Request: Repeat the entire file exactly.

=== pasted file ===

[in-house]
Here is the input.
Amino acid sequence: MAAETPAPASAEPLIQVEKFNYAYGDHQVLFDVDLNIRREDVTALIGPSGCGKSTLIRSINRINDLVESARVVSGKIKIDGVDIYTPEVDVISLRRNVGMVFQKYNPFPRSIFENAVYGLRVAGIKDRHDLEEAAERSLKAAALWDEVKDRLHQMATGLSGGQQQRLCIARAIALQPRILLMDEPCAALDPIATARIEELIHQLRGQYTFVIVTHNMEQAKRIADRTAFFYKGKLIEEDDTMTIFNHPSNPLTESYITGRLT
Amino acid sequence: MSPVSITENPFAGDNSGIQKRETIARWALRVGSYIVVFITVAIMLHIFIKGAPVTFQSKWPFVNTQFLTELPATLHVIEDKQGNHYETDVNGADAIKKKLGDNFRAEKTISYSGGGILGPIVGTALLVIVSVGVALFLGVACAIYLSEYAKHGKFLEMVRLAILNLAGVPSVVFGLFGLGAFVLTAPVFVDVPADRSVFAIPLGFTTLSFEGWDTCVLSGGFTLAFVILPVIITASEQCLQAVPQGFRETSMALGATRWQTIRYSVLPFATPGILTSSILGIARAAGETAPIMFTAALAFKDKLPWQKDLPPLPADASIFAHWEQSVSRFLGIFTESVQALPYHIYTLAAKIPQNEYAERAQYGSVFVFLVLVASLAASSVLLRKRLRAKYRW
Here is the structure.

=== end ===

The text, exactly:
[in-house]
Here is the input.
Amino acid sequence: MAAETPAPASAEPLIQVEKFNYAYGDHQVLFDVDLNIRREDVTALIGPSGCGKSTLIRSINRINDLVESARVVSGKIKIDGVDIYTPEVDVISLRRNVGMVFQKYNPFPRSIFENAVYGLRVAGIKDRHDLEEAAERSLKAAALWDEVKDRLHQMATGLSGGQQQRLCIARAIALQPRILLMDEPCAALDPIATARIEELIHQLRGQYTFVIVTHNMEQAKRIADRTAFFYKGKLIEEDDTMTIFNHPSNPLTESYITGRLT
Amino acid sequence: MSPVSITENPFAGDNSGIQKRETIARWALRVGSYIVVFITVAIMLHIFIKGAPVTFQSKWPFVNTQFLTELPATLHVIEDKQGNHYETDVNGADAIKKKLGDNFRAEKTISYSGGGILGPIVGTALLVIVSVGVALFLGVACAIYLSEYAKHGKFLEMVRLAILNLAGVPSVVFGLFGLGAFVLTAPVFVDVPADRSVFAIPLGFTTLSFEGWDTCVLSGGFTLAFVILPVIITASEQCLQAVPQGFRETSMALGATRWQTIRYSVLPFATPGILTSSILGIARAAGETAPIMFTAALAFKDKLPWQKDLPPLPADASIFAHWEQSVSRFLGIFTESVQALPYHIYTLAAKIPQNEYAERAQYGSVFVFLVLVASLAASSVLLRKRLRAKYRW
Here is the structure.